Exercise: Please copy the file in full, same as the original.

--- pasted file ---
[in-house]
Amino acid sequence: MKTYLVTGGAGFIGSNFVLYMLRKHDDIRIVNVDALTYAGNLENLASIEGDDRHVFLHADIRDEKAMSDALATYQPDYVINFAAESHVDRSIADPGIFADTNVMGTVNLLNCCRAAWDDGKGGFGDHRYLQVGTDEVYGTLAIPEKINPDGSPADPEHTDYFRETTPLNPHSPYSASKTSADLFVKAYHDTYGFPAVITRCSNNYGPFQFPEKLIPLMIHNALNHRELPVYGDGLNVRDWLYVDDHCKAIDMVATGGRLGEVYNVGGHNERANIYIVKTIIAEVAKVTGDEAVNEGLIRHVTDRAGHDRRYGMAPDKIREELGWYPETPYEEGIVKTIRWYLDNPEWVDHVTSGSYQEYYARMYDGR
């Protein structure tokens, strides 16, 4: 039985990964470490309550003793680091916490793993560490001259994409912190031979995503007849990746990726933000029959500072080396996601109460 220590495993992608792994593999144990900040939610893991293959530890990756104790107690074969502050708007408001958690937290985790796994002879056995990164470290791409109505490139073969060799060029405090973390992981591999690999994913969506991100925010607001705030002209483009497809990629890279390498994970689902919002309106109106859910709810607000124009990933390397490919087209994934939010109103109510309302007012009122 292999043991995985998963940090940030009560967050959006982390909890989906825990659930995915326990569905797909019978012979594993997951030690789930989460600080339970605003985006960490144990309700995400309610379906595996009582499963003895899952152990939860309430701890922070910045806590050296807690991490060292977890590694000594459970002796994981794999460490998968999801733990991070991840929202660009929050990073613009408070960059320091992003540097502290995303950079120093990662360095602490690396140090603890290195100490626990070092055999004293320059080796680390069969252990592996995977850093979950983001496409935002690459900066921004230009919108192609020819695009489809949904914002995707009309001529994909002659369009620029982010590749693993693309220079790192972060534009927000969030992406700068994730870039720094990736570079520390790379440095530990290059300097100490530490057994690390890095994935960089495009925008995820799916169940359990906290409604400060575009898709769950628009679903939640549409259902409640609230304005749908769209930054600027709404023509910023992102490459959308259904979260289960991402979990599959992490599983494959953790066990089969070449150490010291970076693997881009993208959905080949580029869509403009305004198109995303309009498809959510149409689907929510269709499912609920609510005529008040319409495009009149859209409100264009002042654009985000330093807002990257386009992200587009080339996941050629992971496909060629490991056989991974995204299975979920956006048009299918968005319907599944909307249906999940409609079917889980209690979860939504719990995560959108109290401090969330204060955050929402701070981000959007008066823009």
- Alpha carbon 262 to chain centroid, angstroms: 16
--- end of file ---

[in-house]
Amino acid sequence: MKTYLVTGGAGFIGSNFVLYMLRKHDDIRIVNVDALTYAGNLENLASIEGDDRHVFLHADIRDEKAMSDALATYQPDYVINFAAESHVDRSIADPGIFADTNVMGTVNLLNCCRAAWDDGKGGFGDHRYLQVGTDEVYGTLAIPEKINPDGSPADPEHTDYFRETTPLNPHSPYSASKTSADLFVKAYHDTYGFPAVITRCSNNYGPFQFPEKLIPLMIHNALNHRELPVYGDGLNVRDWLYVDDHCKAIDMVATGGRLGEVYNVGGHNERANIYIVKTIIAEVAKVTGDEAVNEGLIRHVTDRAGHDRRYGMAPDKIREELGWYPETPYEEGIVKTIRWYLDNPEWVDHVTSGSYQEYYARMYDGR
């Protein structure tokens, strides 16, 4: 039985990964470490309550003793680091916490793993560490001259994409912190031979995503007849990746990726933000029959500072080396996601109460 220590495993992608792994593999144990900040939610893991293959530890990756104790107690074969502050708007408001958690937290985790796994002879056995990164470290791409109505490139073969060799060029405090973390992981591999690999994913969506991100925010607001705030002209483009497809990629890279390498994970689902919002309106109106859910709810607000124009990933390397490919087209994934939010109103109510309302007012009122 292999043991995985998963940090940030009560967050959006982390909890989906825990659930995915326990569905797909019978012979594993997951030690789930989460600080339970605003985006960490144990309700995400309610379906595996009582499963003895899952152990939860309430701890922070910045806590050296807690991490060292977890590694000594459970002796994981794999460490998968999801733990991070991840929202660009929050990073613009408070960059320091992003540097502290995303950079120093990662360095602490690396140090603890290195100490626990070092055999004293320059080796680390069969252990592996995977850093979950983001496409935002690459900066921004230009919108192609020819695009489809949904914002995707009309001529994909002659369009620029982010590749693993693309220079790192972060534009927000969030992406700068994730870039720094990736570079520390790379440095530990290059300097100490530490057994690390890095994935960089495009925008995820799916169940359990906290409604400060575009898709769950628009679903939640549409259902409640609230304005749908769209930054600027709404023509910023992102490459959308259904979260289960991402979990599959992490599983494959953790066990089969070449150490010291970076693997881009993208959905080949580029869509403009305004198109995303309009498809959510149409689907929510269709499912609920609510005529008040319409495009009149859209409100264009002042654009985000330093807002990257386009992200587009080339996941050629992971496909060629490991056989991974995204299975979920956006048009299918968005319907599944909307249906999940409609079917889980209690979860939504719990995560959108109290401090969330204060955050929402701070981000959007008066823009």
- Alpha carbon 262 to chain centroid, angstroms: 16